PellePharm: Phase 3 Trials for Patidegib for Gorlin Syndrome Underway image

PellePharm, Inc., has dosed the first patient in a pivotal Phase 3 clinical trial of Patidegib Topical Gel, 2%, vs. vehicle gel in patients with Gorlin Syndrome. The Phase 3 study is intended to assess the safety and efficacy of patidegib topical gel for the reduction of disease burden of persistently developing basal cell carcinomas (BCCs) in Gorlin Syndrome.

“We are pleased to have initiated our global, multicenter Phase 3 trial to further evaluate patidegib topical gel in patients with Gorlin Syndrome. Based on promising results from our Phase 2 studies, we believe that our topical gel formulation of a proprietary hedgehog inhibitor has the potential to reduce the number of surgically eligible BCCs and reduce the number of surgeries and associated facial scarring in patients with this devastating disease,” said Sanuj K. Ravindran, MD, president and chief executive officer of PellePharm. “The initiation of this pivotal trial is an important milestone toward our goal of bringing patidegib topical gel to patients as the first FDA-approved therapy for patients with Gorlin Syndrome.”

The randomized, double-blind, vehicle-controlled Phase 3 trial is evaluating the safety and efficacy of Patidegib Topical Gel 2% applied topically, twice daily to the face over 12 months vs. vehicle gel. Approximately 150 adults with Gorlin Syndrome will be randomized 1:1 to patidegib topical gel or vehicle. The primary efficacy endpoint is the number of new surgically eligible BCCs (nSEBs) that develop over the 12-month period in the two treatment arms. Secondary endpoints include the total number of new BCCs over 12 months, percentage of study participants developing ≥2 facial nSEBs over 12 months; the percentage of participants developing ≥1 facial nSEBs over 12 months; the number of nSEBs per participant over six and nine months; and change in the Advanced Basal Cell Carcinoma Index (aBCCdex) lesion scale score. An open-label safety and tolerability extension study is planned for at least 12 months for Phase 3 study completers following the end of the study.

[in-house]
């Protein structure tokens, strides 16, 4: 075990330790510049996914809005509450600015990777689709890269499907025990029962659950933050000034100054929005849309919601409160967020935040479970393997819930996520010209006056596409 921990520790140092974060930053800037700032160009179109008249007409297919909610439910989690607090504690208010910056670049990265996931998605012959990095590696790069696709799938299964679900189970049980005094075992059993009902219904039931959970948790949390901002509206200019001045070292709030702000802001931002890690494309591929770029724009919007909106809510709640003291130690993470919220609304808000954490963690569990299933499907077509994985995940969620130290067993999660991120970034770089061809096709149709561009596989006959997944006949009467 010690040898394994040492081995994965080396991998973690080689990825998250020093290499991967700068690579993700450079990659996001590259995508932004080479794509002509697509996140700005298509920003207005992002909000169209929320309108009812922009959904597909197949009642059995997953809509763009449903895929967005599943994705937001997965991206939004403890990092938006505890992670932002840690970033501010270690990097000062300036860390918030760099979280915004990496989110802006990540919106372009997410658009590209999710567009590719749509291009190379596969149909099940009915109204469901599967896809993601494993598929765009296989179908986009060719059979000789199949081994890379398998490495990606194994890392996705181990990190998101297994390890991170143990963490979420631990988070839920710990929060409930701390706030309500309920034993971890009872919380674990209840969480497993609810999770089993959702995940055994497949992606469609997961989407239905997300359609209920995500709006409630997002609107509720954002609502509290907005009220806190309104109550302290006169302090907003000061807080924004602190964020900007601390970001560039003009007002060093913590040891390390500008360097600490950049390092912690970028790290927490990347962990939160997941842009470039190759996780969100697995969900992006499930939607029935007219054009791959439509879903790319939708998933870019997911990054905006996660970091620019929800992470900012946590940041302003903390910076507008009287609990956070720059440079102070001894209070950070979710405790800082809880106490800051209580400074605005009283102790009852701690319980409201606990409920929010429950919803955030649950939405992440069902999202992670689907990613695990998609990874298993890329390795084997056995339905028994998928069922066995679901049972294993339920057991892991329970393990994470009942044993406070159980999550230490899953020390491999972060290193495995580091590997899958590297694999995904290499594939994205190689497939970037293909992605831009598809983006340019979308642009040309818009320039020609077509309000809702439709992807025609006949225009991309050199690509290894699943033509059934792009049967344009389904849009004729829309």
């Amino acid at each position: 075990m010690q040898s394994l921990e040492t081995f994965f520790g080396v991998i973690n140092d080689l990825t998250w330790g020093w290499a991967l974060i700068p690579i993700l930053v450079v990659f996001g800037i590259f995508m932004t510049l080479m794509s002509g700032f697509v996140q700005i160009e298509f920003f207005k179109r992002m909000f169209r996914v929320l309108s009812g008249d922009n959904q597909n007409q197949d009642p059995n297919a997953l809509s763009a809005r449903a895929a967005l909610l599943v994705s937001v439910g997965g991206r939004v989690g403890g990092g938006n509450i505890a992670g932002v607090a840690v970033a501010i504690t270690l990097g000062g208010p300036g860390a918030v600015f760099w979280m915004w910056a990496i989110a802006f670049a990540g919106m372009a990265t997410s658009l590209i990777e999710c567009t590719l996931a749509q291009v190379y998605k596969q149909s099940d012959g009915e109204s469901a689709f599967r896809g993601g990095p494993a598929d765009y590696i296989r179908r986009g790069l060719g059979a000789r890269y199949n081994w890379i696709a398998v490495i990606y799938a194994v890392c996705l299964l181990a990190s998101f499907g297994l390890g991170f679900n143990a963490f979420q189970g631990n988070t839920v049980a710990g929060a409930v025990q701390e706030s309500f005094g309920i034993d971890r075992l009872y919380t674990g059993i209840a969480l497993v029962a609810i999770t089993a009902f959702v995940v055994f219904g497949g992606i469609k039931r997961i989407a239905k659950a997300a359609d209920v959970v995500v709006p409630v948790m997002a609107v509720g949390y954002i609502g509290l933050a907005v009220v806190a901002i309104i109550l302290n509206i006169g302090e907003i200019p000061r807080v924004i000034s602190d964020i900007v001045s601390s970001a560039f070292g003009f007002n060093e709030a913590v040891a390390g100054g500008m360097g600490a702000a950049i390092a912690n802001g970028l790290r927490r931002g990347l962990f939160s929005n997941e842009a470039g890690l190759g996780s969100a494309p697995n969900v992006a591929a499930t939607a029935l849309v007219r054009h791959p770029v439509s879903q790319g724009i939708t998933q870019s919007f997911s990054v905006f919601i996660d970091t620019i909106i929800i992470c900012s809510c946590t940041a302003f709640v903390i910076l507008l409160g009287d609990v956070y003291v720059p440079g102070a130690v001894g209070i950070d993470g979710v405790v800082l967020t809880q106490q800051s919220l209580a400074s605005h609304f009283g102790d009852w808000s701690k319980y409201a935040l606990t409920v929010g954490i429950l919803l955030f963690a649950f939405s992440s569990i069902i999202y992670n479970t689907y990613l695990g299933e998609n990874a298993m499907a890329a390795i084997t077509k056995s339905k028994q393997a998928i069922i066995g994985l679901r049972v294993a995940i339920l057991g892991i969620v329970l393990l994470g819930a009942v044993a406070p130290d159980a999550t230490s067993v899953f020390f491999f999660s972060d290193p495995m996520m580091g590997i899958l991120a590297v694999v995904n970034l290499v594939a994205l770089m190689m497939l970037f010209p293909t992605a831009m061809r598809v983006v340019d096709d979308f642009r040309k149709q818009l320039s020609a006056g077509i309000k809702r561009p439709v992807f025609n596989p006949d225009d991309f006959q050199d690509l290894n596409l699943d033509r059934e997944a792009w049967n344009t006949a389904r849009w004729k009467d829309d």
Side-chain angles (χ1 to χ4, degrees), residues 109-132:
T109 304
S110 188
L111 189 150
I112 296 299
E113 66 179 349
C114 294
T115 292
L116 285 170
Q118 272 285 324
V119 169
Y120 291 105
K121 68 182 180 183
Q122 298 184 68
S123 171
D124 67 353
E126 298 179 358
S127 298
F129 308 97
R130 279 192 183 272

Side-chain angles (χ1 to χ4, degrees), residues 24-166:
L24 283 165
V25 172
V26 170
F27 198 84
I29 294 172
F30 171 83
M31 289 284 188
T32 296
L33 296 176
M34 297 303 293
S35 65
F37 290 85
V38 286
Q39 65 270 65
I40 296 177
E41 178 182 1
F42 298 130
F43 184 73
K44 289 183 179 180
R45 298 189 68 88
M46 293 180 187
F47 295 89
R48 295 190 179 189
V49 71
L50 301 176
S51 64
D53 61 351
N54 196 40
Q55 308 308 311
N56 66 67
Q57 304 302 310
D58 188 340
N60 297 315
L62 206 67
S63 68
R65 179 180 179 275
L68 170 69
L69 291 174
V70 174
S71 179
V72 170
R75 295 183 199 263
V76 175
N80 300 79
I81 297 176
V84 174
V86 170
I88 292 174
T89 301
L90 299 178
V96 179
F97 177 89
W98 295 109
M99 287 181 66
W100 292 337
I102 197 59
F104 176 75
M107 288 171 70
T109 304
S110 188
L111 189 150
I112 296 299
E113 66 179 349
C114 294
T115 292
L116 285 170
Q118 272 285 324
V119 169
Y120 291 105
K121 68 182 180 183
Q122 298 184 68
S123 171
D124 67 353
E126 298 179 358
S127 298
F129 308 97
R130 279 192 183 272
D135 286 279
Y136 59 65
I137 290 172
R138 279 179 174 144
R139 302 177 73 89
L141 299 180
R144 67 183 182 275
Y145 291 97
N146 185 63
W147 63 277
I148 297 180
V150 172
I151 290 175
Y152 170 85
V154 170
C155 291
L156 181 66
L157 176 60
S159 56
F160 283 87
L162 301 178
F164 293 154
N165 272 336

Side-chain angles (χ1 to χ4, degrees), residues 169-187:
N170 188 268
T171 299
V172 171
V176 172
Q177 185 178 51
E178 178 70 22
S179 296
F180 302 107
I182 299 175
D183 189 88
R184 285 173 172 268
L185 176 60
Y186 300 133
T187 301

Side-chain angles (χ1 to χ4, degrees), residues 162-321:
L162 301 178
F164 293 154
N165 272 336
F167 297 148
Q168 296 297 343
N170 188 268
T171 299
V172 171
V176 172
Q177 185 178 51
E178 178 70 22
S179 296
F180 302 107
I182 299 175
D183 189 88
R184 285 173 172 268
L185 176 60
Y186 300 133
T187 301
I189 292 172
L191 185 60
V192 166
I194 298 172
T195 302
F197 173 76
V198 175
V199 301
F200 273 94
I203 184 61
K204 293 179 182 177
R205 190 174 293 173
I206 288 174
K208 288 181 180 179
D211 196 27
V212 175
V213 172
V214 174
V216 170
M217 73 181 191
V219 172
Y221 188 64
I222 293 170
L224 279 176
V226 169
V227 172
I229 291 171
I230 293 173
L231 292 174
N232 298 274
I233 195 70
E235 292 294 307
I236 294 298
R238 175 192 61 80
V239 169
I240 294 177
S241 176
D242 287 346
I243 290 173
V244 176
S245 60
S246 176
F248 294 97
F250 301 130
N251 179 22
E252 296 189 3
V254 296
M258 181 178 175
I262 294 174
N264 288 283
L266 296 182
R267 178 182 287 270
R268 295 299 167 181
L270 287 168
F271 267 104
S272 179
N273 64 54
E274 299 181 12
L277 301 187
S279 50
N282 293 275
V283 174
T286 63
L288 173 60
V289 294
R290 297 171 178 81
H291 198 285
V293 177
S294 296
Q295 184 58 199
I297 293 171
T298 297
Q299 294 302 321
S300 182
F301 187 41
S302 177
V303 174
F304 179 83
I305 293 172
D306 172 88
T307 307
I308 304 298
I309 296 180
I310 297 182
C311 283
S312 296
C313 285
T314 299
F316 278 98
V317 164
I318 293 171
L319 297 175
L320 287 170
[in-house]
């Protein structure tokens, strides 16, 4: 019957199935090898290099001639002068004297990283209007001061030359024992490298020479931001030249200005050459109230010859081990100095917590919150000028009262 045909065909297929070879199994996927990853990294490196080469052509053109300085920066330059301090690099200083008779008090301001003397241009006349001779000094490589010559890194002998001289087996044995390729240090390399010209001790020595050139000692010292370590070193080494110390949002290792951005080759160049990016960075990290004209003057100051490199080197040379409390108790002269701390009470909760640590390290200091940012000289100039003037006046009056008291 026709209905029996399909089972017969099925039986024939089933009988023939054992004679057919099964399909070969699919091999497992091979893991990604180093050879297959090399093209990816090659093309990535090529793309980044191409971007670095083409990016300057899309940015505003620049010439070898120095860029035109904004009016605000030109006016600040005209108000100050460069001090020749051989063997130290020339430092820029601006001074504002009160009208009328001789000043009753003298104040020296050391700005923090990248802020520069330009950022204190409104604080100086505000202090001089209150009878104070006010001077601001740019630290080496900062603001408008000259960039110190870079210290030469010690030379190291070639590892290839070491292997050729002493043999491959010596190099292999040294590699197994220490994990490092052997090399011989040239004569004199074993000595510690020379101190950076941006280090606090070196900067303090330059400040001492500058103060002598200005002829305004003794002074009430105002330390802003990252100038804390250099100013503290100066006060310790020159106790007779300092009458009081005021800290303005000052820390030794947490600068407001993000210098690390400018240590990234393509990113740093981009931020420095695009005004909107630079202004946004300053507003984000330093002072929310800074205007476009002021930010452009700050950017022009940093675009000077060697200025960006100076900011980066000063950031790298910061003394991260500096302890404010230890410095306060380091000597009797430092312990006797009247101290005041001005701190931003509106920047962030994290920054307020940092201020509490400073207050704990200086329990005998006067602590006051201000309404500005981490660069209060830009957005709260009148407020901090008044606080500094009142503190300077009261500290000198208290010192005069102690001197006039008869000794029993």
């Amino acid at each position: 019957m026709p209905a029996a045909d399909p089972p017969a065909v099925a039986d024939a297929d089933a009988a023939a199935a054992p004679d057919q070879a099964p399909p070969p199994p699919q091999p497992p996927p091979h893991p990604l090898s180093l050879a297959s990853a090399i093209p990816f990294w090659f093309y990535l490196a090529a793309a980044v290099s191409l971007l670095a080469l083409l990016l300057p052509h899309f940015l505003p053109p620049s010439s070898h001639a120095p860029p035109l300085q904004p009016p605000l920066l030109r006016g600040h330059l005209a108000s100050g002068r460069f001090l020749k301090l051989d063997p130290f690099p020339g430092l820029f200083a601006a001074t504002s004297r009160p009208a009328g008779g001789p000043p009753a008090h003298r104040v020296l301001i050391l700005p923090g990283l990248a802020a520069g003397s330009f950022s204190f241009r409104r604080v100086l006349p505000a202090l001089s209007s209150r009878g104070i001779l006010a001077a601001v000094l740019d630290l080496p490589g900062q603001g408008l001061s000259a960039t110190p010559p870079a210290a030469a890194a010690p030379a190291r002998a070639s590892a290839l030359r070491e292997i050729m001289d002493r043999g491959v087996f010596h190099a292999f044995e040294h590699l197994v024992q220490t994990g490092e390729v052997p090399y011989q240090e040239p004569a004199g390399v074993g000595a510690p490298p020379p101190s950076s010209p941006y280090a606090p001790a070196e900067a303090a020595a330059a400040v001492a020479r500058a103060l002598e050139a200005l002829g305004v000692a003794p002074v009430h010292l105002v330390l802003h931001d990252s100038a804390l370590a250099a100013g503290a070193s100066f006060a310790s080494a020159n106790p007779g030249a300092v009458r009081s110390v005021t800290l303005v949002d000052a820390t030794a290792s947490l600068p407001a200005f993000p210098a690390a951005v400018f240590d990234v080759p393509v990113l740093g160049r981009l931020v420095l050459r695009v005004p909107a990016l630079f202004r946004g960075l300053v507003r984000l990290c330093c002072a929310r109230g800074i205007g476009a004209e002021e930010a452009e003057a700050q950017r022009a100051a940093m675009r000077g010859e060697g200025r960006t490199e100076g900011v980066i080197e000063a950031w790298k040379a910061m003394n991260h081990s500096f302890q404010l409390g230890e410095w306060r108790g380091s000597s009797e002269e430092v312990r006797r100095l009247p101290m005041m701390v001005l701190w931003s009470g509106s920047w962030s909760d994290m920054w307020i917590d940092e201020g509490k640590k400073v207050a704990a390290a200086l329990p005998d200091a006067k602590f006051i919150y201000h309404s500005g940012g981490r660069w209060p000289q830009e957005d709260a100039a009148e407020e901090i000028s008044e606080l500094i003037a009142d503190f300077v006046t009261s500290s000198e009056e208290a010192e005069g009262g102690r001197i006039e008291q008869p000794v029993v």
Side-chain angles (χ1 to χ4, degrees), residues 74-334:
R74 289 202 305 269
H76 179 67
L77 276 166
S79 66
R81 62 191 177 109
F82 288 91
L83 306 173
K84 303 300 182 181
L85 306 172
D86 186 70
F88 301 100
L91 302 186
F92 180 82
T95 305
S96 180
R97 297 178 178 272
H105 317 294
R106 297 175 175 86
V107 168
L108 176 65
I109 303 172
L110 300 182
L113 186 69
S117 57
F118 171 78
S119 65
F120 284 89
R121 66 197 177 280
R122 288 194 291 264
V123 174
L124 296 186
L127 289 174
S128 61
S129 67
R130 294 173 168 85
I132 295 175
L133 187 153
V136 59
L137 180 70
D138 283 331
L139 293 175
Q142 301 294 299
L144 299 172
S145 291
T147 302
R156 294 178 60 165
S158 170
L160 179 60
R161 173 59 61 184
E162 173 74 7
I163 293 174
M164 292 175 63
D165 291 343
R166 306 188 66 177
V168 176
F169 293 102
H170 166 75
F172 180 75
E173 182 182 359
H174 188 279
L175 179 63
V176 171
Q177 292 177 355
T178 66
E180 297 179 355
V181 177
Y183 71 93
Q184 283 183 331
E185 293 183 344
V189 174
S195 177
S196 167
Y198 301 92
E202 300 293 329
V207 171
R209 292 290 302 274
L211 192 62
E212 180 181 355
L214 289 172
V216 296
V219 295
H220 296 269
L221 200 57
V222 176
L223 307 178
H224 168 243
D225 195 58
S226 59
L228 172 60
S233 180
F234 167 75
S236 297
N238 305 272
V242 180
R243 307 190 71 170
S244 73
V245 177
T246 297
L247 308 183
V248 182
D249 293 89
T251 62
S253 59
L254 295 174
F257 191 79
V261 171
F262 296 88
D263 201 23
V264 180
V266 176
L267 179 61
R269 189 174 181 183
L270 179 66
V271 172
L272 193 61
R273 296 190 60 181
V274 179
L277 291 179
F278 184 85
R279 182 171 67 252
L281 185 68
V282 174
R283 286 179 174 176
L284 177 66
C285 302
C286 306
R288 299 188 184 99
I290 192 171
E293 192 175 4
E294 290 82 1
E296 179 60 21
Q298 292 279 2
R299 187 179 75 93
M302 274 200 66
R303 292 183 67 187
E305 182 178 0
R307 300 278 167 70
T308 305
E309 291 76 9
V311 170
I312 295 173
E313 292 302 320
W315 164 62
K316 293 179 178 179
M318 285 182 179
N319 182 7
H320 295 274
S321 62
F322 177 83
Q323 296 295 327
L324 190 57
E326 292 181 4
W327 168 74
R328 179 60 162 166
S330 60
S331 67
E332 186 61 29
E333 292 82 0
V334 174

“This Phase 3 clinical trial is investigating the potential for topical patidegib to reduce BCC disease burden on the face. The idea that a topical gel could eliminate the need for invasive surgery in Gorlin Syndrome patients holds great promise and may dramatically improve quality of life in this population. I am very excited to be a part of this clinical trial," said Sean R. Christensen, MD, PhD, assistant professor of dermatology at Yale University School of Medicine.

“Patients with Gorlin Syndrome often must undergo repetitive surgeries to remove BCCs, which can drastically impact their lives,” said Jean Pickford, executive director of the Gorlin Syndrome Alliance. “The initiation of patient recruitment and enrollment in the Phase 3 study of patidegib topical gel is great news as it potentially brings us one step closer to having an easy-to-use chronic topical medication for patients with this life-long and life-altering disease.”

“We are thrilled the Phase 3 clinical trial of patidegib topical gel is under way and open to enrolling patients with Gorlin Syndrome,” said Sally Webster, chairperson of Gorlin Syndrome Group U.K. “New non-surgical treatment options are needed so patients with this debilitating, inherited disease can avoid the need for chronic, painful, disruptive and disfiguring surgeries.